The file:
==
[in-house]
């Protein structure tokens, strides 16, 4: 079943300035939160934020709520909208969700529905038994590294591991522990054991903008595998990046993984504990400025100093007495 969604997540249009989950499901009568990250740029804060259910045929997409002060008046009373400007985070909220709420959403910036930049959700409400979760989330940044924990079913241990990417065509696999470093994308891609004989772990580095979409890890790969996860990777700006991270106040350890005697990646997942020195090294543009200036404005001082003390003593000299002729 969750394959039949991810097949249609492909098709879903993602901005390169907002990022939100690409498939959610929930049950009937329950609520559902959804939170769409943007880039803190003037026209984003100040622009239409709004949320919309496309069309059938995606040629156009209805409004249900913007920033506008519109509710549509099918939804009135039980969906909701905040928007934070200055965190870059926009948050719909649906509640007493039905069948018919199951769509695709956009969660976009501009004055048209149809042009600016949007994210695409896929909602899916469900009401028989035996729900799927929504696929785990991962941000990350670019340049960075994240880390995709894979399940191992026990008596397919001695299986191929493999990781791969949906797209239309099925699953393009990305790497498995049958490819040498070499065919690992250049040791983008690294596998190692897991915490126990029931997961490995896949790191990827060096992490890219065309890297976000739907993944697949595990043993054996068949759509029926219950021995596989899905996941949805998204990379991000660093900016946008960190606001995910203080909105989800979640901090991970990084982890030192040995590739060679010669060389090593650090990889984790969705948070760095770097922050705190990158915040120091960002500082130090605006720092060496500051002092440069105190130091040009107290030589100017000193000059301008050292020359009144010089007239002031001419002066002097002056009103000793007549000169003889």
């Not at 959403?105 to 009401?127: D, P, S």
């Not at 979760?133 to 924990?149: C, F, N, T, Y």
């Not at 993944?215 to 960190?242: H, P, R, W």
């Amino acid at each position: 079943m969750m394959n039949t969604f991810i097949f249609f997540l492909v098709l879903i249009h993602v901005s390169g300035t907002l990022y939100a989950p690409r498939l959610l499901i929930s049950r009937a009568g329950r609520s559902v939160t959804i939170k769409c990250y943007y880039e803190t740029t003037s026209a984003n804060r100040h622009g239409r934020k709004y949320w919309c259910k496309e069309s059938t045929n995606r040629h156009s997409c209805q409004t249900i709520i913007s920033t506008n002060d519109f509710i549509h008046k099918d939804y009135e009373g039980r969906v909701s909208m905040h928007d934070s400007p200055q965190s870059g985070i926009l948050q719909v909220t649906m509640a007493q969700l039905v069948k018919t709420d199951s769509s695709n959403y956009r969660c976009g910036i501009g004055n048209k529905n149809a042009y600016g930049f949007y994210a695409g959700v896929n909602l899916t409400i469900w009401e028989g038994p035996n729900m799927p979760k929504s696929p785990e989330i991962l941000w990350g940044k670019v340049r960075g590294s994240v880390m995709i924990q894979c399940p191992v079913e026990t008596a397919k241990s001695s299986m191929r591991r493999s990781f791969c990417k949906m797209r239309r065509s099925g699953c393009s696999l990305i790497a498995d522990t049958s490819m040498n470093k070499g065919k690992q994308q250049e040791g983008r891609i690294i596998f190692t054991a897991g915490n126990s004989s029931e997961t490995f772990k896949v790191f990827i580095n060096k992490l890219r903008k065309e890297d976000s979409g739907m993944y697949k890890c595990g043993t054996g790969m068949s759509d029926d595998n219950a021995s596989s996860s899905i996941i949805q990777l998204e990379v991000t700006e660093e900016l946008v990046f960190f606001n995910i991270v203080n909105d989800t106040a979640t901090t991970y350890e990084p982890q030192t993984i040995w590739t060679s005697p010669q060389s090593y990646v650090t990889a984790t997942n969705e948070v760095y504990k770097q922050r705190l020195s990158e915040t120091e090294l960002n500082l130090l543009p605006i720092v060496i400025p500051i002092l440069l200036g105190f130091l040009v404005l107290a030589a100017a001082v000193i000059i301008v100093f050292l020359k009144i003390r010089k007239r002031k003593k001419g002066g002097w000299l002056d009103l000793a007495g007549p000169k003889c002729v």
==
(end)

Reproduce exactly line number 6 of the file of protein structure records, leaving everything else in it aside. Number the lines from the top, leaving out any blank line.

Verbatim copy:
């Amino acid at each position: 079943m969750m394959n039949t969604f991810i097949f249609f997540l492909v098709l879903i249009h993602v901005s390169g300035t907002l990022y939100a989950p690409r498939l959610l499901i929930s049950r009937a009568g329950r609520s559902v939160t959804i939170k769409c990250y943007y880039e803190t740029t003037s026209a984003n804060r100040h622009g239409r934020k709004y949320w919309c259910k496309e069309s059938t045929n995606r040629h156009s997409c209805q409004t249900i709520i913007s920033t506008n002060d519109f509710i549509h008046k099918d939804y009135e009373g039980r969906v909701s909208m905040h928007d934070s400007p200055q965190s870059g985070i926009l948050q719909v909220t649906m509640a007493q969700l039905v069948k018919t709420d199951s769509s695709n959403y956009r969660c976009g910036i501009g004055n048209k529905n149809a042009y600016g930049f949007y994210a695409g959700v896929n909602l899916t409400i469900w009401e028989g038994p035996n729900m799927p979760k929504s696929p785990e989330i991962l941000w990350g940044k670019v340049r960075g590294s994240v880390m995709i924990q894979c399940p191992v079913e026990t008596a397919k241990s001695s299986m191929r591991r493999s990781f791969c990417k949906m797209r239309r065509s099925g699953c393009s696999l990305i790497a498995d522990t049958s490819m040498n470093k070499g065919k690992q994308q250049e040791g983008r891609i690294i596998f190692t054991a897991g915490n126990s004989s029931e997961t490995f772990k896949v790191f990827i580095n060096k992490l890219r903008k065309e890297d976000s979409g739907m993944y697949k890890c595990g043993t054996g790969m068949s759509d029926d595998n219950a021995s596989s996860s899905i996941i949805q990777l998204e990379v991000t700006e660093e900016l946008v990046f960190f606001n995910i991270v203080n909105d989800t106040a979640t901090t991970y350890e990084p982890q030192t993984i040995w590739t060679s005697p010669q060389s090593y990646v650090t990889a984790t997942n969705e948070v760095y504990k770097q922050r705190l020195s990158e915040t120091e090294l960002n500082l130090l543009p605006i720092v060496i400025p500051i002092l440069l200036g105190f130091l040009v404005l107290a030589a100017a001082v000193i000059i301008v100093f050292l020359k009144i003390r010089k007239r002031k003593k001419g002066g002097w000299l002056d009103l000793a007495g007549p000169k003889c002729v």